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Author (up) Berry, R.L.
Title Light Pollution in Southern Ontario Type Journal Article
Year 1976 Publication Journal of the Royal Astronomical Society of Canada Abbreviated Journal
Volume 70 Issue Pages 97-115
Keywords Skyglow
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Call Number LoNNe @ kagoburian @ Serial 562
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Author (up) Dick, R.
Title The Biological Basis for the Canadian Guideline for Outdoor Lighting 1. General Scotobiology Type Journal Article
Year 2020 Publication Journal of the Royal Astronomical Society of Canada Abbreviated Journal
Volume 114 Issue 3 Pages 122-126
Keywords Biology; Ecology
Abstract The subject of limiting outdoor lighting seems straightforward- it saves electricity and reduces glare, but society has a predilection for activity at night that requires more than natural light. This extends beyond urban areas. “Cottage country” is well lit along the shoreline, and even campgrounds filled with amateur astronomers have lots of unshielded lights. Although these tend to be red, they still undermine our night vision (Dick, 2016) and change the nocturnal ambience. The main problem of whether outdoor lighting is good or bad depends on who is judge. Is there a less equivocal way to assess or define acceptable outdoor lighting, especially in rural areas? Must rural lighting follow “Best Practices” for cities? This is the first in a series of papers that will discuss the science behind the ecological impacts of artificial (anthropogenic) light at night. It will propose rational solutions to reduce these impacts and will define the characteristics of artificial light that minimize these disruptions that we call lighting with “low-ecological impact.” Although taking an ecological approach to outdoor lighting is unusual, we have observed that if the nocturnal environment is preserved for wildlife, it is usually sufficient for astronomy. Although it is understood that observatories may require a curfew during the three weeks centred on the new Moon. This first paper will set the stage for this somewhat unorthodox exploration into light.
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Call Number IDA @ intern @ Serial 2945
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Author (up) Dick; R.
Title The Biological Basis for the Canadian Guideline for Outdoor Lighting 2--Impact of the Brightness of Light. Type Journal Article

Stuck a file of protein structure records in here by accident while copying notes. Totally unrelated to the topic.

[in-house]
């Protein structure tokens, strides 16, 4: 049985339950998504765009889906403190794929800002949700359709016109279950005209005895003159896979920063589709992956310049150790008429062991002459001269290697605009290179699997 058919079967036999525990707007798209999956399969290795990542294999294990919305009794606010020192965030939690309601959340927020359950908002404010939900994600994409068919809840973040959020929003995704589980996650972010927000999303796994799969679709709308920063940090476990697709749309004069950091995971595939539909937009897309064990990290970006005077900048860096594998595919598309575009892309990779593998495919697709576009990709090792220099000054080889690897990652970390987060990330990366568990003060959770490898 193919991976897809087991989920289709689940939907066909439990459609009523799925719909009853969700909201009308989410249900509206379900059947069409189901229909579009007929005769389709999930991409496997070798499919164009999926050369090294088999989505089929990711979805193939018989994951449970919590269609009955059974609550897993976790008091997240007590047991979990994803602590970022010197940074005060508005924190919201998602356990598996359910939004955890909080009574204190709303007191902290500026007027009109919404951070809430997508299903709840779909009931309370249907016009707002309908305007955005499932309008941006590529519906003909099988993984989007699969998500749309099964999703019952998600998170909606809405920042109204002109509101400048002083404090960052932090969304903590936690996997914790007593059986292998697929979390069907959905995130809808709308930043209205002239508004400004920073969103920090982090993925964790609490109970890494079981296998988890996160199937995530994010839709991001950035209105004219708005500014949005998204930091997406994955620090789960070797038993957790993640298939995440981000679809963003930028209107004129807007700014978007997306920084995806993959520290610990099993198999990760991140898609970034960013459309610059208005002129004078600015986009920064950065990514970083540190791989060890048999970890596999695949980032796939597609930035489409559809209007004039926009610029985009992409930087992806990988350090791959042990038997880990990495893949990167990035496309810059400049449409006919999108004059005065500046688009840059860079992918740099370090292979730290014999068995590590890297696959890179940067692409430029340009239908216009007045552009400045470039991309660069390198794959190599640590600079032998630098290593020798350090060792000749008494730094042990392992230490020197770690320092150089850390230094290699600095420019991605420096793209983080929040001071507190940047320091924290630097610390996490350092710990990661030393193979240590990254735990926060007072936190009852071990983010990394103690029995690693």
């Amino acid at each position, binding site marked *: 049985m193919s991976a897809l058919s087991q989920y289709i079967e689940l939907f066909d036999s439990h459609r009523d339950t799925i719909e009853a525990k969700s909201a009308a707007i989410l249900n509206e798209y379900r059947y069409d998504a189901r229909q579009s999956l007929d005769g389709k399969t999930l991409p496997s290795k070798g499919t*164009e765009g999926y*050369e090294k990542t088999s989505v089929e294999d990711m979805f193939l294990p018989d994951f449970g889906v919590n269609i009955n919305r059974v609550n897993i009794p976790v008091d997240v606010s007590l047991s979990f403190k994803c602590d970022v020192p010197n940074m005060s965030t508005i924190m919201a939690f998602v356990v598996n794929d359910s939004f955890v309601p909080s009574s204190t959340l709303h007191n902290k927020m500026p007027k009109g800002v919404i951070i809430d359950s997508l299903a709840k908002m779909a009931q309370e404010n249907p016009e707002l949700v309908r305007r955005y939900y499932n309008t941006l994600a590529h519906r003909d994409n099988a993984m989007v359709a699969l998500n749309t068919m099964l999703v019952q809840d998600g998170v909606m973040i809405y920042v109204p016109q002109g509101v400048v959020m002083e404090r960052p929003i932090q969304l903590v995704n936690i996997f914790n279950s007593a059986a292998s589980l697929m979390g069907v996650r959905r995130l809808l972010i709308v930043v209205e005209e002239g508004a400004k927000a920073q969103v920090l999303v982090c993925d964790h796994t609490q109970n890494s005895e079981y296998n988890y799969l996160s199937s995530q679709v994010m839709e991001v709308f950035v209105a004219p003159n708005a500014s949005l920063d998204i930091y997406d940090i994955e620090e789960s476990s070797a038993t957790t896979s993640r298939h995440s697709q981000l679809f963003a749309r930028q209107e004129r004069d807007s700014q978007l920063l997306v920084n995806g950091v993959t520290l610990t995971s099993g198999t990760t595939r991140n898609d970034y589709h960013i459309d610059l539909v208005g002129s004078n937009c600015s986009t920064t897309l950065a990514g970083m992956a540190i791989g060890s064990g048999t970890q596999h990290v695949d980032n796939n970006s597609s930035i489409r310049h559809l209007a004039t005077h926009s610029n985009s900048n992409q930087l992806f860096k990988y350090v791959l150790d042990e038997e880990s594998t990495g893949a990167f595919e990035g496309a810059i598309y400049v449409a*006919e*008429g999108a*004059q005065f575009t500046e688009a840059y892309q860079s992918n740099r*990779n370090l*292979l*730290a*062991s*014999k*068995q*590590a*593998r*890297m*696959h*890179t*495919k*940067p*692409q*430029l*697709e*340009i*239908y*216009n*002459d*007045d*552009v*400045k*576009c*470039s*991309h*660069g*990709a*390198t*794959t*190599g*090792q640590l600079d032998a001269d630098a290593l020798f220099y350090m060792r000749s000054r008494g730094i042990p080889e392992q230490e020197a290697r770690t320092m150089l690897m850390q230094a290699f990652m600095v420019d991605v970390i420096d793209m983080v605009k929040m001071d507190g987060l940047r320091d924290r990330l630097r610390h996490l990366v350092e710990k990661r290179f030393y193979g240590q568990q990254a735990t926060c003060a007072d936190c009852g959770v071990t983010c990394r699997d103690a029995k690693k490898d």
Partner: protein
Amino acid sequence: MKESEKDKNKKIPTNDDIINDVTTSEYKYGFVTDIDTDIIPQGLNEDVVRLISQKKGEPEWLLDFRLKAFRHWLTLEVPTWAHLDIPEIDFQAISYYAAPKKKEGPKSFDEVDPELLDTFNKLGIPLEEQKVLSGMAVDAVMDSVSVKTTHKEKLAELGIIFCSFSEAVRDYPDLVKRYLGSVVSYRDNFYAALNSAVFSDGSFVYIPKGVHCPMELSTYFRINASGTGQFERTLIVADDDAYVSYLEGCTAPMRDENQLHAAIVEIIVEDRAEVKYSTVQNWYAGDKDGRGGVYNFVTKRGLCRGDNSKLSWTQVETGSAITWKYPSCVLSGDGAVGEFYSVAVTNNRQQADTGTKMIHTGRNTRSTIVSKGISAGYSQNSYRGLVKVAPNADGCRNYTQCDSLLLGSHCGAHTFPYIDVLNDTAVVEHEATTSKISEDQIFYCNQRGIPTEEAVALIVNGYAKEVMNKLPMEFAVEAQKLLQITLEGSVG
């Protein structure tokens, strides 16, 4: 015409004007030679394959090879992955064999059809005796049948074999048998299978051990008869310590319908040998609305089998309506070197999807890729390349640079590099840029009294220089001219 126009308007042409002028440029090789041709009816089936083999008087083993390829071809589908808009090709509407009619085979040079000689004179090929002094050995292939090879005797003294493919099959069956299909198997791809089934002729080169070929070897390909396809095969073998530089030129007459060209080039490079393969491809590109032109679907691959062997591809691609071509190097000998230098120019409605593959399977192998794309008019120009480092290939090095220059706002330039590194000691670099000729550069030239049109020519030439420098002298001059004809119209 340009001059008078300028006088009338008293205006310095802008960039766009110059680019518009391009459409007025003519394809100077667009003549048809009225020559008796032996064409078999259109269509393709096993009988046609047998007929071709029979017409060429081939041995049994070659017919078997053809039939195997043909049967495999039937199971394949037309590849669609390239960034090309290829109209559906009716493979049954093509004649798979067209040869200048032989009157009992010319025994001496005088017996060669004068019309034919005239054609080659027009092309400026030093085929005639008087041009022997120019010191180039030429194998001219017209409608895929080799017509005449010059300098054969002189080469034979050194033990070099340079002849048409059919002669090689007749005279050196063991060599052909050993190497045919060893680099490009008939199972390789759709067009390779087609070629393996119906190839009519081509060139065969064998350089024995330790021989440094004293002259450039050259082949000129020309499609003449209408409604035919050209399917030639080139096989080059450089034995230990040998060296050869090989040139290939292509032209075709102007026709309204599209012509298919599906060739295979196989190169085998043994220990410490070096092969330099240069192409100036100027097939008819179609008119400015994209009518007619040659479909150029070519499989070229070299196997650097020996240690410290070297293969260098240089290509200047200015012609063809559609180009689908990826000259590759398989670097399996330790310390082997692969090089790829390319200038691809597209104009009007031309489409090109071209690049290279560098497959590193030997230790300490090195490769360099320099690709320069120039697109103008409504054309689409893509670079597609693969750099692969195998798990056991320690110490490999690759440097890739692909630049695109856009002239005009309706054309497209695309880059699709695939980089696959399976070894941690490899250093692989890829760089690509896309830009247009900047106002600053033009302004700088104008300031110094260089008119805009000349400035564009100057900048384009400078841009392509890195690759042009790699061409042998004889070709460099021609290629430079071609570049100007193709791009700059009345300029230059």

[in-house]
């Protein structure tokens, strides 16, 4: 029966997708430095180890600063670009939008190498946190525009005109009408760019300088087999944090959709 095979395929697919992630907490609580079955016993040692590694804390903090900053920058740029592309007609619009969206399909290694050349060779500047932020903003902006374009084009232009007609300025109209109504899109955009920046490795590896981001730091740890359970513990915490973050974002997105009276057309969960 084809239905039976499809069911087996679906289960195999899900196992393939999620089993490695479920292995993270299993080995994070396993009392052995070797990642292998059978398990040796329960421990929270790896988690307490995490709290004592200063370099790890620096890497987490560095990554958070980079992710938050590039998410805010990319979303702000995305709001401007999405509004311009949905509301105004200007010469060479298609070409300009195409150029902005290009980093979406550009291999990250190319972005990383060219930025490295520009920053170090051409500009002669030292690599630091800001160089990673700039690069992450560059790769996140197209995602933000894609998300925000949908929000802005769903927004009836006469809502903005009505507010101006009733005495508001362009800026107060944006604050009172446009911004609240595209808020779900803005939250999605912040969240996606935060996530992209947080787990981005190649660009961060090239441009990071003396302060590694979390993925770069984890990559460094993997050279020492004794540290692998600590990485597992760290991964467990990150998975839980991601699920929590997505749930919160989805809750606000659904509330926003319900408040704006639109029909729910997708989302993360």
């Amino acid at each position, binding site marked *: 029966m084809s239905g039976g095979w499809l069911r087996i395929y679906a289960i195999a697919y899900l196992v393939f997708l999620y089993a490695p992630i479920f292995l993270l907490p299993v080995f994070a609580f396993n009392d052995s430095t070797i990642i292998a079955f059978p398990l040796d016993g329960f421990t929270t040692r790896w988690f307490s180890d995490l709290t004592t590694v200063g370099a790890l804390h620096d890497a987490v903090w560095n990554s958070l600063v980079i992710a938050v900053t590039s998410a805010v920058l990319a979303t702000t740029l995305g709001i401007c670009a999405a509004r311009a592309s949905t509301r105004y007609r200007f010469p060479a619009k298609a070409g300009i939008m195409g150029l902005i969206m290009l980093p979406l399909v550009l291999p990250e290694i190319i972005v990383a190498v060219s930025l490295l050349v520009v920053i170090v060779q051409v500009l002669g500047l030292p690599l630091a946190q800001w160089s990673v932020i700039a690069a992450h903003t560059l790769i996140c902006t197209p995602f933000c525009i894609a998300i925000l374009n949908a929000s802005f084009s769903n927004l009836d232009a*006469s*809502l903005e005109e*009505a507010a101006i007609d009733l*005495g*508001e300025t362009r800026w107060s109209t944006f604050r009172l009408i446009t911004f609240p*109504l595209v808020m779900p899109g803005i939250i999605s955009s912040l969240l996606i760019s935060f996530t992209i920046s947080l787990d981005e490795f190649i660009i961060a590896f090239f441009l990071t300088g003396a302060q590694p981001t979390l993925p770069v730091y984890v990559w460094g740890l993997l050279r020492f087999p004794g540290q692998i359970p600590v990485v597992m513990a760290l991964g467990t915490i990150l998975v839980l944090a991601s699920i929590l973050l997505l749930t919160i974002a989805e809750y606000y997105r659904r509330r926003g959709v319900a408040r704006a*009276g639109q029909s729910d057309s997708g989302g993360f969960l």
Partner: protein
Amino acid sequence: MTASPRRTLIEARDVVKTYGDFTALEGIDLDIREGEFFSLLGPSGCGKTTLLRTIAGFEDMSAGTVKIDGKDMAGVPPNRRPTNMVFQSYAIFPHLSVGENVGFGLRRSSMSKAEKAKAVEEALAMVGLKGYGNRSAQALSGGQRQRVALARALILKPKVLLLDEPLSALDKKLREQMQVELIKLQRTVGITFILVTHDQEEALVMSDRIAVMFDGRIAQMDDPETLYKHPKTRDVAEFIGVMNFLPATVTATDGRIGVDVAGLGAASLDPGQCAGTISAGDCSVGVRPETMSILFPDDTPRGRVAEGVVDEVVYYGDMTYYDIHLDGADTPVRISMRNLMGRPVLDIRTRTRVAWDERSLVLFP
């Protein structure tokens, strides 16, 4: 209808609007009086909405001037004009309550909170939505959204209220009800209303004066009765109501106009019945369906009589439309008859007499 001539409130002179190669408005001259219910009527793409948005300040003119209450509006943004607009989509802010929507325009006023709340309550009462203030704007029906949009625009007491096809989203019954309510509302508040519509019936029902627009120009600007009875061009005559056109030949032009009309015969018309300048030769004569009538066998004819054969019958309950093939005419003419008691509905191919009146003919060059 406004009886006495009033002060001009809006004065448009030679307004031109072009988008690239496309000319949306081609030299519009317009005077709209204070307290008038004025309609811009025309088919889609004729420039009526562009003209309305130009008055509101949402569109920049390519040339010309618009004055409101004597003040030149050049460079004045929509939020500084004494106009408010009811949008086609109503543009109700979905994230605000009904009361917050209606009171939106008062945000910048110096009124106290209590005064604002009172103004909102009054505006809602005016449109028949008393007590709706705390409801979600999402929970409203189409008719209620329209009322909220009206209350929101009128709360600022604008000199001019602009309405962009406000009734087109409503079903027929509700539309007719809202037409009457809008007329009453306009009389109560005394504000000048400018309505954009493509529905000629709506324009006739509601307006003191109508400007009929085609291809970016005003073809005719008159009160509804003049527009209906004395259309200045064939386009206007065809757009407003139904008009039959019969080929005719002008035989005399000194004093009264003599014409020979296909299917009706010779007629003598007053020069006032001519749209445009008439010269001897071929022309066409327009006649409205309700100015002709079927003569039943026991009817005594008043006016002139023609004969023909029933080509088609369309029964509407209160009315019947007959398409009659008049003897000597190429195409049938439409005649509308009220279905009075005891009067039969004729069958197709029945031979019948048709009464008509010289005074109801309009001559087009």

Year 2020 Publication Journal of the Royal Astronomical Society of Canada Abbreviated Journal
Volume 114 Issue 5 Pages 205-210
Keywords Vison; Biology
Abstract One of the most obvious attributes of light is brightness. This paper will address specific brightness thresholds that have been found to impact animal health and behaviour, including humans. However, the meaning of brightness is vague and must be further refined and quantified. This paper will introduce and define these terms and will discuss the sensitivity of wildlife biology and behaviour to levels of luminance and illuminance. It may not be apparent from the common metrics used for “brightness” that a lamp will impact the ecosystem or human health. Our focus is on biology, which depends on the energy carried by the light, or its spectrum, and not strictly its apparent brightness. However, the subject of spectrum will be deferred to the third paper in this series.
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Call Number GFZ @ kyba @ Serial 3164
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Author (up) Gartlein, C.W.
Title Request for Auroral Observations Type Journal Article
Year 1939 Publication Journal of the Royal Astronomical Society of Canada Abbreviated Journal
Volume 33 Issue Pages 46-50
Keywords Skyglow
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Call Number GFZ @ kyba @ Serial 2412
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Author (up) Hiscocks, P.D.; Gudmundsson, S.
Title The Contribution of Street Lighting to Light Pollution. Type Journal Article
Year 2010 Publication Journal of the Royal Astronomical Society of Canada Abbreviated Journal
Volume 104 Issue 5 Pages 190
Keywords Skyglow
Abstract Urban centres create a bubble of light overhead, known as sky glow. Sky glow is a form of wasted energy and light pollution that reduces our view of the night sky, contributes to the destruction of wildlife habitat, and impacts human health. There are many sources that contribute to sky glow: light from residential and business windows, illuminated signs, uplight on buildings and billboard advertizing, and street illumination. An aerial view of a city at night suggests that street lighting is a major contributor to sky glow. In this note we quantify the percentage contribution of street lighting to sky glow, over the city of Reykjavik (Iceland).
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Call Number LoNNe @ kagoburian @ Serial 549
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